Joseph Todaro, Jr.: American mobster | Biography, Facts, Information, Career, Wiki, Life
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Joseph Todaro, Jr.
American mobster

Joseph Todaro, Jr.

Joseph Todaro, Jr.
The basics

Quick Facts

Intro American mobster
Is Mobster
From United States of America
Field Crime
Gender male
The details (from wikipedia)


Joseph "Big Joe" Todaro Jr. (born 1945 or 1946) is a Buffalo, New York businessman and the son of former mafioso Joseph Todaro Sr. In 2017, Canadian court proceedings allege that Todaro Jr. is the current boss of the Buffalo crime family.


Joseph A. Todaro Jr. was born to Joseph Todaro Sr. and Josephine Santamauro. He later married Carol Ann "Cookie" and had two children Joseph E. Todaro and Carla (she later married Salvatore Pantano).

Joseph "Big Joe" Todaro Jr. became a business agent for the Laborers' International Union of North America (LIUNA) Local 210. Todaro Jr. was accused of being involved in an unsuccessful plot to murder Faust Novino in 1976. Allegedly, the ambush was set up by Novino's long-time associate and friend Louis Pisa who approached him about committing a burglary at a warehouse at 463 Connecticut Street on Buffalo's west side. Novino testified that he believed that he and Pisa were alone when he noticed a heavyset man, whom he identified as John Sacco, raising his arm to hit him. At that moment he drew his .45 and shot Sacco. Then, hearing footsteps behind him, he turned and shot at a man he identified as Leonard Falzone. Novino said that he then saw two men, Todaro Jr. and Frank Billiteri, crouched on the floor on either side of him. Feeling boxed in, he shot once at Falzone, and again at Sacco who was allegedly still coming at him. He then turned, ran into Falzone, and fired the weapon into his chest, but it jammed. Finally, after hiding behind a rolled-up rug, he was able to escape out a door leading to 17th Street.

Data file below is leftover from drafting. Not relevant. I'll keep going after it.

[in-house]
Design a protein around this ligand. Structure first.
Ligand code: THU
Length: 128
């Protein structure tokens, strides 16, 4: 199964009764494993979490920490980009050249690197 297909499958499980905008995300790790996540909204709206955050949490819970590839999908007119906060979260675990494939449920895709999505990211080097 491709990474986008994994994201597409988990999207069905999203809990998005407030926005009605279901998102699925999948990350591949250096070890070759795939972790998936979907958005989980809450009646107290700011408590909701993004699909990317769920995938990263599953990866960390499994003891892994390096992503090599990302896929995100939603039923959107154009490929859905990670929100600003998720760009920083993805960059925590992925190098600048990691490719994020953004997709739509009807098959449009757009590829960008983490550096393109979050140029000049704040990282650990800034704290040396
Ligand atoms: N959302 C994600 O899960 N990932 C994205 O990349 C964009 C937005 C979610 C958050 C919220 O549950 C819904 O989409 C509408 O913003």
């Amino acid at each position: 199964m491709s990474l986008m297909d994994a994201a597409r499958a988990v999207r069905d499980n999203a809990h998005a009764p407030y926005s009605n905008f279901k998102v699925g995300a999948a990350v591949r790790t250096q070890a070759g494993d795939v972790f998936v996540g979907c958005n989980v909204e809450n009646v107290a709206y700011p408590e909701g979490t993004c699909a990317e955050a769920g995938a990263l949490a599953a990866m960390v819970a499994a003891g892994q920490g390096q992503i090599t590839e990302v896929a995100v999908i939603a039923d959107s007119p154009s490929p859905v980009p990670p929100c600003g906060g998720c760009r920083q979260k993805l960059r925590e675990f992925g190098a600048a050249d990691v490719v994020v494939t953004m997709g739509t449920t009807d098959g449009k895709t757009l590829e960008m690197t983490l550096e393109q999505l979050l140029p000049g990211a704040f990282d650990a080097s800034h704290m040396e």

In 1984, Todaro Jr. allegedly became the underboss of the Buffalo crime family when his father became the new head of the crime family upon the retirement of his predecessor Samuel "Sam the Farmer" Frangiamore.

In 1989, a FBI statement was filed in connection with a gambling investigation and identified Todaro Sr. and his son Todaro Jr. as the leaders of a 45 made member Buffalo Mafia family and were in control of various criminal activities that included labor racketeering, bookmaking, loansharking and narcotics trafficking. The court statements also claimed that Joseph Todaro Jr. was running the Mafia family because his father Todaro Sr. was in semi-retirement splitting time between his Tonawanda and Florida homes. It was also stated that Leonard F. Falzone was running a local loansharking operation and brothers Victor and Daniel Sansanese were controlling bookmaking for the Todaro's. The FBI had also bugged Falzone's union-owned car in 1988, to link the Todaro's in the illegal gambling case but the device was unable to provided any evidence linking the Todaro's.

In 1990, Todaro Jr. resigned as business agent of LIUNA following investigations into the local union's alleged ties to organized crime.

On September 6, 1993 his son Joseph Edward Todaro III married Dana Christine Panepinto, the daughter of Donald Panepinto.

In 1996 Todaro Sr. and his son Todaro Jr. were listed among 24 alleged organized crime figures who were accused of influencing the Laborers International Union of North America since the 1960s.

In 1999, Joseph Todaro Jr. along with his father Joseph Todaro Sr. and 16 others were named in a civil racketeering lawsuit for controlling local 210 through the years by various racketeering acts. The court complaint identified Joseph A. Todaro Jr. as underboss and his father Joseph E. Todaro Sr. as boss of the Buffalo family and the owners of La Nova Pizzeria. Todaro Jr. served as Local 210 business manager in 1990 before resigning. Todaro Jr. attempted to keep control of Local 210 with the help of Peter Gerace and Peter Capitano, both of them already held positions in the Local. The charges were based on the testimony of Ronald M. Fino, a former business manager of Local 210 before he became an FBI informant.

In 2006, Todaro Sr. retired, and Todaro Jr. become boss, with Leonard F. "Lennie Calzone" Falzone acting under him. His father Todaro Sr. died on December 26, 2012 at age 89 following a lengthy illness. In 2016, Falzone died. Outside of organized crime, Todaro Jr. operates La Nova Pizzeria in Buffalo.

According to the U.S. Department of Justice, in 1995, Todaro Jr. assumed the day-to-day running of the Buffalo family from his father, Joseph Todaro Sr., becoming acting boss of the crime family. Until Dominic Violi's trial in 2018 in Hamilton, Ontario, it was believed that Todaro Jr. had stepped down from active participation in the Buffalo mafia in 2006 and that Leonard Falzone (who died in 2016) had taken over as boss. Ron Fino indicated that he believed that Falzone was acting as the front boss for the Todaros.

Todaro, in accordance with the general policy of omertà, has consistently declined to comment on his role in organized crime.

The contents of this page are sourced from Wikipedia article on 31 May 2020. The contents are available under the CC BY-SA 4.0 license.
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